“More than 7,070 people have been killed and over 36,818 injured” as of October 25, the WHO said in a statement.
Another 21 million people are in need of urgent health services, the health agency said.
Speaking to reporters at the airport of the rebel-held capital Sanaa on Monday, UN envoy Ismail Ould Cheikh Ahmed said that the situation cannot continue.
“People are dying… the infrastructure is falling apart… and the economy is on the brink of abyss,” he said.
Yemen has been rocked by fighting between Iran-backed rebels and government forces supported by a Saudi-led coalition since March 2015, months after the insurgents seized Sanaa and advanced across the country.
The UN envoy urged the coalition controlling Yemen’s airspace to allow commercial flights into and out of Sanaa’s international airport to evacuate the wounded.
The coalition argues that the rebels would use the airport, completely under their control, to transport weapons.
International organisations have also warned in recent weeks of a spread of disease and growing malnutrition rates in the country.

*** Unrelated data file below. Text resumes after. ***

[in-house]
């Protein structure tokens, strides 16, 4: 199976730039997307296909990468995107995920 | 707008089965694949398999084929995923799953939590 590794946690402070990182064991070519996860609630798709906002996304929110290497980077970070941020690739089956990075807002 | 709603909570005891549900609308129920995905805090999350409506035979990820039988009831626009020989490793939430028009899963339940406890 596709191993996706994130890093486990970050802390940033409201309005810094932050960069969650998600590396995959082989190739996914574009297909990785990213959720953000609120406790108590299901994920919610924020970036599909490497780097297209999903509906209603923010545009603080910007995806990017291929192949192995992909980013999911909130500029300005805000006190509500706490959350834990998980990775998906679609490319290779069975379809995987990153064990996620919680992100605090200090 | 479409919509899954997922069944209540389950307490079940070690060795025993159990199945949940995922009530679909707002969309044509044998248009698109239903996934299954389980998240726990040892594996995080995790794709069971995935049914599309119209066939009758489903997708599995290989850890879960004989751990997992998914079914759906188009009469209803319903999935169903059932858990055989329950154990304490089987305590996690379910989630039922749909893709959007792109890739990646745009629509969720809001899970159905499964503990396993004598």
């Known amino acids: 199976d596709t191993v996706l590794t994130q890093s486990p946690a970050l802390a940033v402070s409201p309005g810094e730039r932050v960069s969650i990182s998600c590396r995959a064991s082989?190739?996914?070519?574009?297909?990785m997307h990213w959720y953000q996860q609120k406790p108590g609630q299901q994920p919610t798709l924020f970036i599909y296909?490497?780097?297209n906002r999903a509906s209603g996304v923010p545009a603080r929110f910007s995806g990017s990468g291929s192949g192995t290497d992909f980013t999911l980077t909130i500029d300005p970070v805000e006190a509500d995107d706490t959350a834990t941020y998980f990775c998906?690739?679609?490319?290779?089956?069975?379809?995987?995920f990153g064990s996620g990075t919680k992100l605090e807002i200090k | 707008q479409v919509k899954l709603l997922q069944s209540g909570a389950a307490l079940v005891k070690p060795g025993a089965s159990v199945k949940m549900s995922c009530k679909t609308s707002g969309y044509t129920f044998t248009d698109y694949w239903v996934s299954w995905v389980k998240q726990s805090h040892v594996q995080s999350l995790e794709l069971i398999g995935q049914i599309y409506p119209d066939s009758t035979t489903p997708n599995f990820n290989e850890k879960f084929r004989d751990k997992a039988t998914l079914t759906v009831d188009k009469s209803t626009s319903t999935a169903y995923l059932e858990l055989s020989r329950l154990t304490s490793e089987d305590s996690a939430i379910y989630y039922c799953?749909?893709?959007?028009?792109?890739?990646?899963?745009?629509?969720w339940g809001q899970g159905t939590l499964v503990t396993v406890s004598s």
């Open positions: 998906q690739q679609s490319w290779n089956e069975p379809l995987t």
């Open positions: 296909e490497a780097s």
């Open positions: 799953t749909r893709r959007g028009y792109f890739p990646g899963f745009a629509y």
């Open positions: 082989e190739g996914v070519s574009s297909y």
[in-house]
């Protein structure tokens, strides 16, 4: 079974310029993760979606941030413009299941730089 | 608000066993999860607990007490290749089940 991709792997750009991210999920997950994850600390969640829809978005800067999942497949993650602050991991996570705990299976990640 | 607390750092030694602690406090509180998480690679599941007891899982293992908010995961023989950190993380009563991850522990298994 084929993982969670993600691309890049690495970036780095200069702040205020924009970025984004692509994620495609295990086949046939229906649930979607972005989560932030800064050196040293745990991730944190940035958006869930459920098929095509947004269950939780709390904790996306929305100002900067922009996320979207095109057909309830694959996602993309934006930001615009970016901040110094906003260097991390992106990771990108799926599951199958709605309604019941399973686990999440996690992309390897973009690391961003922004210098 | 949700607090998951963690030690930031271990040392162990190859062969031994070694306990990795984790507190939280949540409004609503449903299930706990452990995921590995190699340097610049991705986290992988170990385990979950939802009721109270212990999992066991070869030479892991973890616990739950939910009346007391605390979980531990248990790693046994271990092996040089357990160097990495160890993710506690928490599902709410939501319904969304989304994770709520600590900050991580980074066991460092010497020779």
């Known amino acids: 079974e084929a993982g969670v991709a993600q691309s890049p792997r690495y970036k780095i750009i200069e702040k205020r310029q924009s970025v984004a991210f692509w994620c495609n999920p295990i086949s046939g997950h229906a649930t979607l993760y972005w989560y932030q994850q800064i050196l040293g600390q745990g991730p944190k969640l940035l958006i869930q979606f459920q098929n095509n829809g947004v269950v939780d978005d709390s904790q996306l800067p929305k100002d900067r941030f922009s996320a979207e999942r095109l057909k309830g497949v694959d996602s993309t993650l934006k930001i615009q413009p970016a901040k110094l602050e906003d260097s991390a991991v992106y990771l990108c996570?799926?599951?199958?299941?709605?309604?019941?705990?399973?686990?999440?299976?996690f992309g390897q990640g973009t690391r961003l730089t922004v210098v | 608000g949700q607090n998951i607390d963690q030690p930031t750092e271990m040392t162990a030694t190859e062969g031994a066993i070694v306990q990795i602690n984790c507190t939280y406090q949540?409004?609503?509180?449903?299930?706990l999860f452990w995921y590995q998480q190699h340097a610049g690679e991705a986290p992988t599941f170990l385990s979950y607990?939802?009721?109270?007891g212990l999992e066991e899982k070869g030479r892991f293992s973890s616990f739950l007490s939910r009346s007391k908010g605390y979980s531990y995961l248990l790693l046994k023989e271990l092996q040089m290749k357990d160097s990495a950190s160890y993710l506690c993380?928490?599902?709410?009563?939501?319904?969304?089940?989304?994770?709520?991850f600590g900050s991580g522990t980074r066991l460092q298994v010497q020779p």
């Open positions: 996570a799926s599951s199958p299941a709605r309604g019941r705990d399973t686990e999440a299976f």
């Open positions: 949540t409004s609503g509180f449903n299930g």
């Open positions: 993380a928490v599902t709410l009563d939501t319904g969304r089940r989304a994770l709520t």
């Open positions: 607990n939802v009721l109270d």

The WHO said 2.1 million people have been internally displaced by the conflict.
More than half of all health facilities across the country have been shut or are functioning only partially amid “critical shortages” in doctors, it said.
Ould Cheikh Ahmed warned of a “very dangerous” health situation with an estimated 2,241 suspected cholera cases.
The UN has confirmed 71 cases of the disease, which is transmitted through contaminated drinking water and causes acute diarrhoea.
Attempts by the UN envoy to convince the warring parties to commit to a ceasefire and resume peace talks have failed.
Ould Cheikh Ahmed urged the rivals to “make some concessions” and defended a roadmap for peace he put forward last month.
The mediator, who had been discussing his proposal with the rebels since Thursday, was headed to Riyadh to meet President Abed Rabbo Mansour Hadi.
The contents of the roadmap have not been made public. But sources say it calls for agreement on naming a new vice president after the rebels withdraw from Sanaa and other cities and hand over heavy weapons to a third party.
Hadi would then transfer power to the vice president who would appoint a new prime minister to form a government in which the north and south of Yemen would have equal representation.
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